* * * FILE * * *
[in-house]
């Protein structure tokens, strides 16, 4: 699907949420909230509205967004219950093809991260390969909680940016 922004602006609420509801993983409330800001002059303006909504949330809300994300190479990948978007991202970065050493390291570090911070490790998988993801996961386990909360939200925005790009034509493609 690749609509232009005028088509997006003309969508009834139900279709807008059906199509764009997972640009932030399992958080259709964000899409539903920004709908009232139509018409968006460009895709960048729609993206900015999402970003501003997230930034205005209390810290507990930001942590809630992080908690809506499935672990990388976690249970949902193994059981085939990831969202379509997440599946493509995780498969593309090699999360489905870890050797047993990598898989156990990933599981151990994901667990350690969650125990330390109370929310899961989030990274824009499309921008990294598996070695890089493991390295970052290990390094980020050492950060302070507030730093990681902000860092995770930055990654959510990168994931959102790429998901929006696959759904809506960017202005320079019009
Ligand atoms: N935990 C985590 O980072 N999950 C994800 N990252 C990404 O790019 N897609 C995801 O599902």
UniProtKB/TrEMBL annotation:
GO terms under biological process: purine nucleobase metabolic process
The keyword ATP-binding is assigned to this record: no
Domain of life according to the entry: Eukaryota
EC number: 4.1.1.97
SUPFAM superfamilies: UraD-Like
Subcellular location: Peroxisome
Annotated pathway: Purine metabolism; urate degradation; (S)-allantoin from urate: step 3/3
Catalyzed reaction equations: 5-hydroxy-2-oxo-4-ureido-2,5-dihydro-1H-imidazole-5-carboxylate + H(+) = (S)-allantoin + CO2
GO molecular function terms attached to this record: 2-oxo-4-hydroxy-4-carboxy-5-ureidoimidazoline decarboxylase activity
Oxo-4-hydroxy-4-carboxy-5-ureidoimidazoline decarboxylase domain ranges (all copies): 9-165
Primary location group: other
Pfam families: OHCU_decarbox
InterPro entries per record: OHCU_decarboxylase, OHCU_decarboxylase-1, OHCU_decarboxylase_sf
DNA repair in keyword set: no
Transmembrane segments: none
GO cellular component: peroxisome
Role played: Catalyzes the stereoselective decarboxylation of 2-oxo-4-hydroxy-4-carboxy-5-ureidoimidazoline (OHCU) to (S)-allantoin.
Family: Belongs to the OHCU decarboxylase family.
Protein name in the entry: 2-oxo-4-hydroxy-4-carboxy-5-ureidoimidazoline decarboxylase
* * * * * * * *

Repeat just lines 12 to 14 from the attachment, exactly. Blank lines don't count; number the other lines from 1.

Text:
Catalyzed reaction equations: 5-hydroxy-2-oxo-4-ureido-2,5-dihydro-1H-imidazole-5-carboxylate + H(+) = (S)-allantoin + CO2
GO molecular function terms attached to this record: 2-oxo-4-hydroxy-4-carboxy-5-ureidoimidazoline decarboxylase activity
Oxo-4-hydroxy-4-carboxy-5-ureidoimidazoline decarboxylase domain ranges (all copies): 9-165